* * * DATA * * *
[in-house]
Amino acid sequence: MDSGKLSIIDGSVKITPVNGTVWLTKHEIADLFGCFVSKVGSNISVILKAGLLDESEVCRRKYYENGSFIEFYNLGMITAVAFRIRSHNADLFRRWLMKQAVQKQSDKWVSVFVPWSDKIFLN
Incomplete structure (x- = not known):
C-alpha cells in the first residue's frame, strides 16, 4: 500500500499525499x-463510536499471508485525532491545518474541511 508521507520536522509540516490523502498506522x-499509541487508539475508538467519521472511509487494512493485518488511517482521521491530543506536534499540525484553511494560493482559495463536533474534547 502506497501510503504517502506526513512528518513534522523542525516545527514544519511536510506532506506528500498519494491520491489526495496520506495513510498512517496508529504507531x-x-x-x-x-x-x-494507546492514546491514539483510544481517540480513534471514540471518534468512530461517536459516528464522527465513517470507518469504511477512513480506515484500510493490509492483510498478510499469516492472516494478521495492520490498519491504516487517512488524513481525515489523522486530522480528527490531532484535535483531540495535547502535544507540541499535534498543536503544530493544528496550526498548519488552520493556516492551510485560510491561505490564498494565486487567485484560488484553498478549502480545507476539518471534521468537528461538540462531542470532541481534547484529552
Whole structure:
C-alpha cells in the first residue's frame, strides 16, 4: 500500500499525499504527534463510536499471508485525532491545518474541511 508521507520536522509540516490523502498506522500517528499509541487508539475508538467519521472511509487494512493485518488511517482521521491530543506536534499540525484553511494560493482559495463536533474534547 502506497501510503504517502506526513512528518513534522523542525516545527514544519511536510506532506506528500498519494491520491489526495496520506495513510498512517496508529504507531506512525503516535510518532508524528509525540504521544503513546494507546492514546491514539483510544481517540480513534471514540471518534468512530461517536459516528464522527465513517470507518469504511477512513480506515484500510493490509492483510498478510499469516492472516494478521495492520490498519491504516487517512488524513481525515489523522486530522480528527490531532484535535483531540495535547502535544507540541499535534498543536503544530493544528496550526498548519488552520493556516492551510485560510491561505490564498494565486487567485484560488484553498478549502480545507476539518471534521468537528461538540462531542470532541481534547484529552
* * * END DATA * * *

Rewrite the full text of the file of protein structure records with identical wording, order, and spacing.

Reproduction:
[in-house]
Amino acid sequence: MDSGKLSIIDGSVKITPVNGTVWLTKHEIADLFGCFVSKVGSNISVILKAGLLDESEVCRRKYYENGSFIEFYNLGMITAVAFRIRSHNADLFRRWLMKQAVQKQSDKWVSVFVPWSDKIFLN
Incomplete structure (x- = not known):
C-alpha cells in the first residue's frame, strides 16, 4: 500500500499525499x-463510536499471508485525532491545518474541511 508521507520536522509540516490523502498506522x-499509541487508539475508538467519521472511509487494512493485518488511517482521521491530543506536534499540525484553511494560493482559495463536533474534547 502506497501510503504517502506526513512528518513534522523542525516545527514544519511536510506532506506528500498519494491520491489526495496520506495513510498512517496508529504507531x-x-x-x-x-x-x-494507546492514546491514539483510544481517540480513534471514540471518534468512530461517536459516528464522527465513517470507518469504511477512513480506515484500510493490509492483510498478510499469516492472516494478521495492520490498519491504516487517512488524513481525515489523522486530522480528527490531532484535535483531540495535547502535544507540541499535534498543536503544530493544528496550526498548519488552520493556516492551510485560510491561505490564498494565486487567485484560488484553498478549502480545507476539518471534521468537528461538540462531542470532541481534547484529552
Whole structure:
C-alpha cells in the first residue's frame, strides 16, 4: 500500500499525499504527534463510536499471508485525532491545518474541511 508521507520536522509540516490523502498506522500517528499509541487508539475508538467519521472511509487494512493485518488511517482521521491530543506536534499540525484553511494560493482559495463536533474534547 502506497501510503504517502506526513512528518513534522523542525516545527514544519511536510506532506506528500498519494491520491489526495496520506495513510498512517496508529504507531506512525503516535510518532508524528509525540504521544503513546494507546492514546491514539483510544481517540480513534471514540471518534468512530461517536459516528464522527465513517470507518469504511477512513480506515484500510493490509492483510498478510499469516492472516494478521495492520490498519491504516487517512488524513481525515489523522486530522480528527490531532484535535483531540495535547502535544507540541499535534498543536503544530493544528496550526498548519488552520493556516492551510485560510491561505490564498494565486487567485484560488484553498478549502480545507476539518471534521468537528461538540462531542470532541481534547484529552